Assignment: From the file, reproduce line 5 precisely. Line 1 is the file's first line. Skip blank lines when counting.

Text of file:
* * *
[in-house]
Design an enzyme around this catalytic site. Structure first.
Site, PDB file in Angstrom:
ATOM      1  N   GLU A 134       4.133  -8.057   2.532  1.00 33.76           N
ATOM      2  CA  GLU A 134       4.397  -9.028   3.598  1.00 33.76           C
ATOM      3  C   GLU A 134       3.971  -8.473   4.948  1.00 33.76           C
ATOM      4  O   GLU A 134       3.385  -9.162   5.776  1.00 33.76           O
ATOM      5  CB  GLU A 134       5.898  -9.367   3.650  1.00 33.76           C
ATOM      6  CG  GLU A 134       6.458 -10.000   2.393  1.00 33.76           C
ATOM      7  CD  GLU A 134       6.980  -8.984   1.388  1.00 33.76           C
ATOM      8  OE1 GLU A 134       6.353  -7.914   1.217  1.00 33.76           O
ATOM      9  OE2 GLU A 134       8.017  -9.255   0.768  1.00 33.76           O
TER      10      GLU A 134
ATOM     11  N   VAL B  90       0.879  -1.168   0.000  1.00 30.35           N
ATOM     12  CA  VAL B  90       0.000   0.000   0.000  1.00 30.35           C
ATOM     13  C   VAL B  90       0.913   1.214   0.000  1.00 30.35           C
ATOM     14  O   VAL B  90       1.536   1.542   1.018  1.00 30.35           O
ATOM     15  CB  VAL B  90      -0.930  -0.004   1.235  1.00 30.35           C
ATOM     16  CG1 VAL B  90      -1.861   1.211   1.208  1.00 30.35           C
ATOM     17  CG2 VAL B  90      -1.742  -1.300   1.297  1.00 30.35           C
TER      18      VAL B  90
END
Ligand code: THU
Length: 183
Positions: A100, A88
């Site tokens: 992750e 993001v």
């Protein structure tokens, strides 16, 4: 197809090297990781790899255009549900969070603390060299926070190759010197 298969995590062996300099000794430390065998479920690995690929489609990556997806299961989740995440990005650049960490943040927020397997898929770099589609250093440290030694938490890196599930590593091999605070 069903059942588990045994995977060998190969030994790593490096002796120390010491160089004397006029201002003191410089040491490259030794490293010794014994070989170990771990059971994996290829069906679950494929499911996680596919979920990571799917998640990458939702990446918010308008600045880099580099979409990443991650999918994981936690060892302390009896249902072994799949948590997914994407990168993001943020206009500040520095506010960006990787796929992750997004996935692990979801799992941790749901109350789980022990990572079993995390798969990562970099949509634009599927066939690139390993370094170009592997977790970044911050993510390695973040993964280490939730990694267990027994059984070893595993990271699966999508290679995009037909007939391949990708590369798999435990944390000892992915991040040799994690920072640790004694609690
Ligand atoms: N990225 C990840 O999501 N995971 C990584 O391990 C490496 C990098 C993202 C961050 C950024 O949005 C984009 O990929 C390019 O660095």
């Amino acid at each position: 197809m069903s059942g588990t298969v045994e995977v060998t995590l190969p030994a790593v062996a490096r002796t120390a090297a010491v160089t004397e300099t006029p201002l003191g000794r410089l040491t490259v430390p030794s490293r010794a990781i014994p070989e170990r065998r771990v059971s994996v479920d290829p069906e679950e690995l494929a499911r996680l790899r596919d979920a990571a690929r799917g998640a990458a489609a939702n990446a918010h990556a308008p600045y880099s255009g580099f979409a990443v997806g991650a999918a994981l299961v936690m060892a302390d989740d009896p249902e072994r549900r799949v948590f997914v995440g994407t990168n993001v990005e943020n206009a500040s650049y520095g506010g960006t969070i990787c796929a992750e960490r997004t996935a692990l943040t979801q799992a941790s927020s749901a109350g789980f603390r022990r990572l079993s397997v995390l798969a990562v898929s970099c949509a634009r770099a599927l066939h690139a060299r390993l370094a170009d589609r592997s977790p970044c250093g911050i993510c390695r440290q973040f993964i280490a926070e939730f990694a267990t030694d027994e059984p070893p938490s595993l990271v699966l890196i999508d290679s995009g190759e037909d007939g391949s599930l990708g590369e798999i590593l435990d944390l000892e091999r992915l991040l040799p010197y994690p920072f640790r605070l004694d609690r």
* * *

ATOM      2  CA  GLU A 134       4.397  -9.028   3.598  1.00 33.76           C